In The Omnivore’s Dilemma: A Natural History of Four Meals (2007), Michael Pollan traces with devastating clarity the ways in which much of our food is produced and how these industrialized processes are damaging our bodies and our planet. Partly due to research like Pollan’s, however, some heartening changes are taking place. The New York Times has recently run a flurry of articles on subjects including visionary proposals to provide urbanites with local crops through vertical farming and the movement to grow produce on vacant lots in American cities. The latter development is particularly startling in New York, where during the 1990s the Giuliani administration made seizing community gardens and auctioning off the land to developers a top priority.
The winning entry in the ninth Young Architects Program competition, for which architects are invited to design settings for the ‘Warm Up’ music series in P.S.1’s courtyard, provided further evidence of the burgeoning urban-gardening trend. Created by Amale Andraos and Dan Wood of WORK Architecture Company, P.F.1 (Public Farm One) was a working farm ingeniously constructed of recyclable-cardboard tubes bolted together in daisy-shaped clusters (the ‘petals’ were filled with soil, while empty centres allowed the gardeners’ access) to form a sloping ‘magic carpet’ of suspended greenery that spanned two courtyards and rose thirty feet in the air. Since the assignment was to create an outdoor party environment, with shade, seating, and a bar area, P.F.1 included such features as a wading pool and solar-powered, motion-sensitive fans that kicked on when partiers stood below, providing a cooling breeze and distributing the scents of potted herbs.
Andraos and Wood see P.F.1 as a manifesto calling for playful reinvention of the urban environment, as well as, more powerfully, a way to encourage the public to get involved in producing its own food supply. They grew over 50 varieties of plants, vegetables and flowers, including herbs, lavender, tomatoes and peppers – all blooming in sequence – and set up an open-air chicken coop. Organic cocktails were served at a juice bar, and visitors were allowed to pick produce. WORK Architecture Company’s influences include the socially and environmentally conscious Italian design group Superstudio’s 1969 Continuous Monument photocollages and Rem Koolhaas’s 1972 project Exodus or the Voluntary Prisoners of Architecture. In creating P.F.1 they also drew inspiration from the 40th anniversary of the uprisings of 1968 – updating the rallying cry ‘Sous les pavés, la plage’ (Under the pavement, the beach) as ‘Sur les pavés, la ferme’ (Over the pavement, the farm).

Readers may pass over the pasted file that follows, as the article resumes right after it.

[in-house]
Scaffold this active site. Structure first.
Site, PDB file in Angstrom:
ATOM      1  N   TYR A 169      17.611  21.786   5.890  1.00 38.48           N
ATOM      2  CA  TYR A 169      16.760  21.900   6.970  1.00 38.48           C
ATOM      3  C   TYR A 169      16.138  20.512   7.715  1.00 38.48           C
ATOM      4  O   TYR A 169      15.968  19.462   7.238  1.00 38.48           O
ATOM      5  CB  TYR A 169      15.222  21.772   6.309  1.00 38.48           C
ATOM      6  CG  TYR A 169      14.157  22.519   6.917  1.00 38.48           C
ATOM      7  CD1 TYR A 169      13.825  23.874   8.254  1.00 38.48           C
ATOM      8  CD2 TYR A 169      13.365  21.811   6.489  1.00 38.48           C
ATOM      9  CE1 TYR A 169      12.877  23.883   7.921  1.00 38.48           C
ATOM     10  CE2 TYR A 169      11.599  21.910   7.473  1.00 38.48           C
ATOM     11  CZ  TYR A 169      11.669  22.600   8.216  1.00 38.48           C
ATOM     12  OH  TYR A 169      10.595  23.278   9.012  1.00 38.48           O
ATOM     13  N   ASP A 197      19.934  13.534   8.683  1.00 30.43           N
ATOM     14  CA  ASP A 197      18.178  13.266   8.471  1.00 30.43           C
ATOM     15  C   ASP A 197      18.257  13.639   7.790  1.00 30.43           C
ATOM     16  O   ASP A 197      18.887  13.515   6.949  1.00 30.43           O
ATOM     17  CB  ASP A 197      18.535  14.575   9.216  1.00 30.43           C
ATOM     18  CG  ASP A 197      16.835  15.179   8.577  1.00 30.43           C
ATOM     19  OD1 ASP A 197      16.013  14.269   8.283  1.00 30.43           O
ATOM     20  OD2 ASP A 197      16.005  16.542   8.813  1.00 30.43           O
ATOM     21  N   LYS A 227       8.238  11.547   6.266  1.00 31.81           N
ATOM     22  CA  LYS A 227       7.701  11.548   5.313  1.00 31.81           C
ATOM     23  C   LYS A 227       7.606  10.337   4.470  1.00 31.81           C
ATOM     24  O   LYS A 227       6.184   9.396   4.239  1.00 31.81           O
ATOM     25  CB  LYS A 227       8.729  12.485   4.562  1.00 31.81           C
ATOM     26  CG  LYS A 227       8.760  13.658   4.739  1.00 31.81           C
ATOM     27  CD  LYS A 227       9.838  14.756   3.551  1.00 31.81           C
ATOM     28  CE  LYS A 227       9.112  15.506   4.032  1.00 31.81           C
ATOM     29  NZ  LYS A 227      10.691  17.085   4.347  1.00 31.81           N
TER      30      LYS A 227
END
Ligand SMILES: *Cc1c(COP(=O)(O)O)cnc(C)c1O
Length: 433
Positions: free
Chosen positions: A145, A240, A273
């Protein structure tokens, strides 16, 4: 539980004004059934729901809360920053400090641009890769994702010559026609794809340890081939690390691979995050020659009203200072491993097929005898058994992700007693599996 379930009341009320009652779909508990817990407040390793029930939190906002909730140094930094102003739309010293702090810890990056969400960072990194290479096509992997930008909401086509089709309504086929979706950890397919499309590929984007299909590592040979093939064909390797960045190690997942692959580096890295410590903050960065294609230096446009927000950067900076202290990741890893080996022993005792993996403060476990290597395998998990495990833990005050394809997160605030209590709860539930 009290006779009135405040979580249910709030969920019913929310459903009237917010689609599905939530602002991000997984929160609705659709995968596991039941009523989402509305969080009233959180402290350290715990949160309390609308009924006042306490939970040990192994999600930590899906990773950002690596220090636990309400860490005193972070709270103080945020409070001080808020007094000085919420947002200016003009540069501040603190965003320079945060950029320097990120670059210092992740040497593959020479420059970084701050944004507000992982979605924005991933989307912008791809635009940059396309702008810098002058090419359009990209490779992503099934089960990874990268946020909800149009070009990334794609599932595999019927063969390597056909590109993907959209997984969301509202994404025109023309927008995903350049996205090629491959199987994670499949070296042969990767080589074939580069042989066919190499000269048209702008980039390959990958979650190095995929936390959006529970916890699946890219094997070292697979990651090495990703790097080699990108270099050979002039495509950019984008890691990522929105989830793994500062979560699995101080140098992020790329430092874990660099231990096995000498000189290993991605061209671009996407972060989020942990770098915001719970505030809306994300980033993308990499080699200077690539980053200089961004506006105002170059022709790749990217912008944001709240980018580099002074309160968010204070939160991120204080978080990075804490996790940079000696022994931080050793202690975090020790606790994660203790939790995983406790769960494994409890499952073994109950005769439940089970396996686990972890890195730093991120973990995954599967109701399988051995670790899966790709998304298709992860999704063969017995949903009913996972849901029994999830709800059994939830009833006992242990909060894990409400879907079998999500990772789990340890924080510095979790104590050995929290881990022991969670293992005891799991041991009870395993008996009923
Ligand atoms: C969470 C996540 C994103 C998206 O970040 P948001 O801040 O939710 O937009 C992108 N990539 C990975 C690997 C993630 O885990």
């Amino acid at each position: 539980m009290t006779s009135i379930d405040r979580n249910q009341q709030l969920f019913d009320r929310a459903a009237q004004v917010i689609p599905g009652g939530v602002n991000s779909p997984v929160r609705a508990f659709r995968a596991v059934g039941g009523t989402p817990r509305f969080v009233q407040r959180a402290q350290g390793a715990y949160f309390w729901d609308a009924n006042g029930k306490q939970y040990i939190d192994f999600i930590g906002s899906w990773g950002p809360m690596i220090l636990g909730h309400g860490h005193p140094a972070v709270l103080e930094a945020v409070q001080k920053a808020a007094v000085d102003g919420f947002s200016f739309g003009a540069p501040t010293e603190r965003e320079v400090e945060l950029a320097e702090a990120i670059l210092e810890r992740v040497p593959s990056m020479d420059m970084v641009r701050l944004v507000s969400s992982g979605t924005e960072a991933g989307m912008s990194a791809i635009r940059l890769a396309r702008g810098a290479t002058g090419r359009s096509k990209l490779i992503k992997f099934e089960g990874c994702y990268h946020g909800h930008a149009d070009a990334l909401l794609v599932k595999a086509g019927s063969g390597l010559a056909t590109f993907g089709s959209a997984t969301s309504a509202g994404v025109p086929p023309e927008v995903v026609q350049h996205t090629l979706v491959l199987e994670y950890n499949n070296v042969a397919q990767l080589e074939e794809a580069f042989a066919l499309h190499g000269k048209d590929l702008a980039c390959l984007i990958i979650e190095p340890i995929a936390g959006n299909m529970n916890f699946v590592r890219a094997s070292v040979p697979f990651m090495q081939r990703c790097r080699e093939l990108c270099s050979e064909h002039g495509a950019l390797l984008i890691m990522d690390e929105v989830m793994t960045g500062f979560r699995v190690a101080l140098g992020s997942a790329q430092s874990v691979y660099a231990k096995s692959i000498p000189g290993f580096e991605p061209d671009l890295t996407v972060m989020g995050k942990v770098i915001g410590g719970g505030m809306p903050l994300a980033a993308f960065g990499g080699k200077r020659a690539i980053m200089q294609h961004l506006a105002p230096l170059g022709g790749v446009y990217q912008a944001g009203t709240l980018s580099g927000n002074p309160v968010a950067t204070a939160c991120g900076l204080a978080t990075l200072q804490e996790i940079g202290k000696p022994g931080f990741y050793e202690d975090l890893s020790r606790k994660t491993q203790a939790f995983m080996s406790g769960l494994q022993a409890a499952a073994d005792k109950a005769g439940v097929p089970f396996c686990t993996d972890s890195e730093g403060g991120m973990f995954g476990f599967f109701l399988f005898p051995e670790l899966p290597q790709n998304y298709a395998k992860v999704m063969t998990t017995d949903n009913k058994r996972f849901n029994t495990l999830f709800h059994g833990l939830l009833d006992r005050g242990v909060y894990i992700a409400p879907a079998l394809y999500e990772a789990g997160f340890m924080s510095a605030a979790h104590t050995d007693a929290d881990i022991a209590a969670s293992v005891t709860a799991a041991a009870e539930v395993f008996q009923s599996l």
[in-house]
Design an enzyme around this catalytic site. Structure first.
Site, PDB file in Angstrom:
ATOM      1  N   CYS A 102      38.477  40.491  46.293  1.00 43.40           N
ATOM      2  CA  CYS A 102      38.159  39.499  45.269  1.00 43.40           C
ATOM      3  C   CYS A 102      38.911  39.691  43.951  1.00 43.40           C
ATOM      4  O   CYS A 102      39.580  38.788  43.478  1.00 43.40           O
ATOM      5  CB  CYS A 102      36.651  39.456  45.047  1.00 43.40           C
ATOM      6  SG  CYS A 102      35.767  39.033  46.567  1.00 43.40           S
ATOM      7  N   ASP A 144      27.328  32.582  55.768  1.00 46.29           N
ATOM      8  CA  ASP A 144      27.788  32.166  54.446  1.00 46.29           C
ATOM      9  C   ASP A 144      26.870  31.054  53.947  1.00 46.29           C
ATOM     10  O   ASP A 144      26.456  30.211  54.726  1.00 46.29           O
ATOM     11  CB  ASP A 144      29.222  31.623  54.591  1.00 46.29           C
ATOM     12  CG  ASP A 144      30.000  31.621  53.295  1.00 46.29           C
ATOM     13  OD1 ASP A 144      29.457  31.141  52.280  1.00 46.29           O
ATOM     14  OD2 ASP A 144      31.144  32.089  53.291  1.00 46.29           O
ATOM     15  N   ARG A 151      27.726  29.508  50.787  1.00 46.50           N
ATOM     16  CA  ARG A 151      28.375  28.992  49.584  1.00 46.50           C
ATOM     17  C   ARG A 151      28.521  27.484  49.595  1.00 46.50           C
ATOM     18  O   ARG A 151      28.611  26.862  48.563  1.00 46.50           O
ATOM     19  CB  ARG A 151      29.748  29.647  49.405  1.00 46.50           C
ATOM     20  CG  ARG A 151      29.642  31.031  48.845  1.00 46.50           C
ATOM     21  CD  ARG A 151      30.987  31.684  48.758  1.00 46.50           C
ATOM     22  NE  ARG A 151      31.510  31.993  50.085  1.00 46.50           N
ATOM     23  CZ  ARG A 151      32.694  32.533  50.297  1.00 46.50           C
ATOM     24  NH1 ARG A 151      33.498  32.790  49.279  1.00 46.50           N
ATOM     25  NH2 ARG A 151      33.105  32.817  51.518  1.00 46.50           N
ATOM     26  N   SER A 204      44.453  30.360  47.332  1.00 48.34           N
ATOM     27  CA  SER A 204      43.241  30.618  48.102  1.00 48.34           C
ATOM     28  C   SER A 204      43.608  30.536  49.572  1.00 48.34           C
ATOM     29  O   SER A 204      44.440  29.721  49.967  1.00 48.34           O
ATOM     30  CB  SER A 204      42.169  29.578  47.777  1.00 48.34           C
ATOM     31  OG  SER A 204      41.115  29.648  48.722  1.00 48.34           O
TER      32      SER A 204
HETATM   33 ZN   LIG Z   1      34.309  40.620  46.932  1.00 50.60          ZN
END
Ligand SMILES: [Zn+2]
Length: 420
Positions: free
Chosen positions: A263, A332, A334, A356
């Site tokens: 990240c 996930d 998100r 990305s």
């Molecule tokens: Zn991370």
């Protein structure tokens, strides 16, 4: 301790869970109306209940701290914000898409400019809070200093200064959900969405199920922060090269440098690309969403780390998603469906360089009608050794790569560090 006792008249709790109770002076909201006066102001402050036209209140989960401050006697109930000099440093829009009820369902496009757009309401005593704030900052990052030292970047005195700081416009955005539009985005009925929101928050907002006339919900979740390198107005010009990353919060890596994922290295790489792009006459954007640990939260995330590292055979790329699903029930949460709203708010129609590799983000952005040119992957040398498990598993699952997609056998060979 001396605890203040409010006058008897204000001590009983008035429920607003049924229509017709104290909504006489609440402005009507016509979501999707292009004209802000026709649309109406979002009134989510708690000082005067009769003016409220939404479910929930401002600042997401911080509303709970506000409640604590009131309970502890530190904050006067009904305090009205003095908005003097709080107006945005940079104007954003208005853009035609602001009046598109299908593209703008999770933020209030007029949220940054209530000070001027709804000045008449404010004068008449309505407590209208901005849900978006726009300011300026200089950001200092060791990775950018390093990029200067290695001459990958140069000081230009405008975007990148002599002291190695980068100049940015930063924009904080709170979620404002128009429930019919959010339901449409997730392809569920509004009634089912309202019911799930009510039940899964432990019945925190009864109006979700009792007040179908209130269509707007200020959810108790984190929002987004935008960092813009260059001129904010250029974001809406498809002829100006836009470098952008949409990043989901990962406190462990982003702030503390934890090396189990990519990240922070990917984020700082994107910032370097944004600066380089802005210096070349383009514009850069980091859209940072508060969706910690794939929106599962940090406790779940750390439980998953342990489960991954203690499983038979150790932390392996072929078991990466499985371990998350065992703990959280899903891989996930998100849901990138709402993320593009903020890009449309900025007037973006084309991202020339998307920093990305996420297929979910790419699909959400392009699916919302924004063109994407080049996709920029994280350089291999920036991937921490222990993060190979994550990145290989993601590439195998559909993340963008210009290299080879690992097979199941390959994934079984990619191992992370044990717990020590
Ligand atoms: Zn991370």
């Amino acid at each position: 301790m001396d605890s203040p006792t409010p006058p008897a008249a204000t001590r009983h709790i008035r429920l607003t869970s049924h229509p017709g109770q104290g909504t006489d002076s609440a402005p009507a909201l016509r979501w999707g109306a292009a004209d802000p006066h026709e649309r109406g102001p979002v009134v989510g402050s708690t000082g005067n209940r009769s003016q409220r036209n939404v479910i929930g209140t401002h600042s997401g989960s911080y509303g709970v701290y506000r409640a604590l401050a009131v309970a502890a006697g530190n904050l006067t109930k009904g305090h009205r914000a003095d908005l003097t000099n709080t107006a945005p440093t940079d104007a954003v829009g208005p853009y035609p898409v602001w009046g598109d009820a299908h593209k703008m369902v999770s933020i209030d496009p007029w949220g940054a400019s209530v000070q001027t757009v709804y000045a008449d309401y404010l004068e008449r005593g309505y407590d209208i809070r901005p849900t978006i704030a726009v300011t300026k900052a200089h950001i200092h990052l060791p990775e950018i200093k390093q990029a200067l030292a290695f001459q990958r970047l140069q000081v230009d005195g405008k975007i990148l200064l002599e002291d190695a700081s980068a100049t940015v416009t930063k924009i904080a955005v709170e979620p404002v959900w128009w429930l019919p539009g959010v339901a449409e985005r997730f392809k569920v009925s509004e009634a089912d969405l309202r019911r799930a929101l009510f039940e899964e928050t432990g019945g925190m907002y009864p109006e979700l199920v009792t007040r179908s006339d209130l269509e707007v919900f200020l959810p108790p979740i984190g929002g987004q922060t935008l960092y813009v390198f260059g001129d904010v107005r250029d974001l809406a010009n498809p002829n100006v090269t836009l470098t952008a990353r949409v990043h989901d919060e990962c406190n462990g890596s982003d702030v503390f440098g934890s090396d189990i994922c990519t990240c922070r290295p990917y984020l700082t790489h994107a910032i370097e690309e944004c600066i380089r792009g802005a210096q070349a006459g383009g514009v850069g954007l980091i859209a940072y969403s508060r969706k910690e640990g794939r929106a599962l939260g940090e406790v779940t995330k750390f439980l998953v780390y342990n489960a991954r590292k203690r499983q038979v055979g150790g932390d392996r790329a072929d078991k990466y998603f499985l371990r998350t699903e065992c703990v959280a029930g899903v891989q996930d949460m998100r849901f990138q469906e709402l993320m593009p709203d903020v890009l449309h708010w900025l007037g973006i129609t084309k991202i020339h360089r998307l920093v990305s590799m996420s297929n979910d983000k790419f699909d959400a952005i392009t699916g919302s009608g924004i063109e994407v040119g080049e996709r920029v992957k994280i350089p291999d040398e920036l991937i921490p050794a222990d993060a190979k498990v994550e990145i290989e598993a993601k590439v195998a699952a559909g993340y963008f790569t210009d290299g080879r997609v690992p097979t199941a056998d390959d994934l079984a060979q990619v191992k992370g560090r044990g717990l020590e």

Incorporated into the project were ‘experiential columns’ for ‘play and interaction’, including one for solar-powered phone charging and another that played barnyard sounds. A long, supine tube was embellished with graffiti and could be crawled into as if it were a tunnel. In a corner of the same outdoor gallery, off the main courtyard, appeared a cardboard-tube tribute to Vladimir Tatlin inspired by his Monument to the Third International (1919–20). This conjured an exuberant Utopianism while it also, intentionally or not, served as a reminder that the Soviet Union’s dire food-supply problems began when it replaced millions of small farms with a centralized system, a point that Pollan makes in The Omnivore’s Dilemma.
But a playful mood prevailed. One of the ‘experiential columns’ was outfitted for ‘star-gazing’, which involved poking your head inside and turning your eyes upward (presumably after seeing the sign that read ‘look up’) to glimpse an array of tiny lights placed at the top. Although this mini-sky, which was accompanied by a recording of singing crickets, had an innocuous charm, it was hard to forget that in outer-borough neighborhoods like Long Island City where P.S.1 is located – sometimes jokingly called ‘big-sky country’ – the degree to which light pollution veils real stars in the nighttime firmament is only more obvious than it is in Manhattan. Surely the architects could have come up with something better than this puny surrogate and its erasure of context?
In the same column, however, several openings allowed one to peer, as if through a slim telescope, at placid, crystal-clear barnyard scenes filmed at the Queens County Farm Museum (which dates back to 1697 and is the longest continuously farmed site in the state). A goat gazed back meditatively at the viewer, a goose slowly turned its snowy head as if observed through a keyhole, pigs milled about in the distance like fish swimming in a tiny bowl. This was far more memorable than the ersatz night sky, evoking, as with Alice’s glimpse of a refreshing garden in Alice in Wonderland, a pastoral landscape seemingly near enough to touch but frustratingly out of reach. In doing so, it underlined the serious challenge posed by the fragrant green carpet undulating overhead.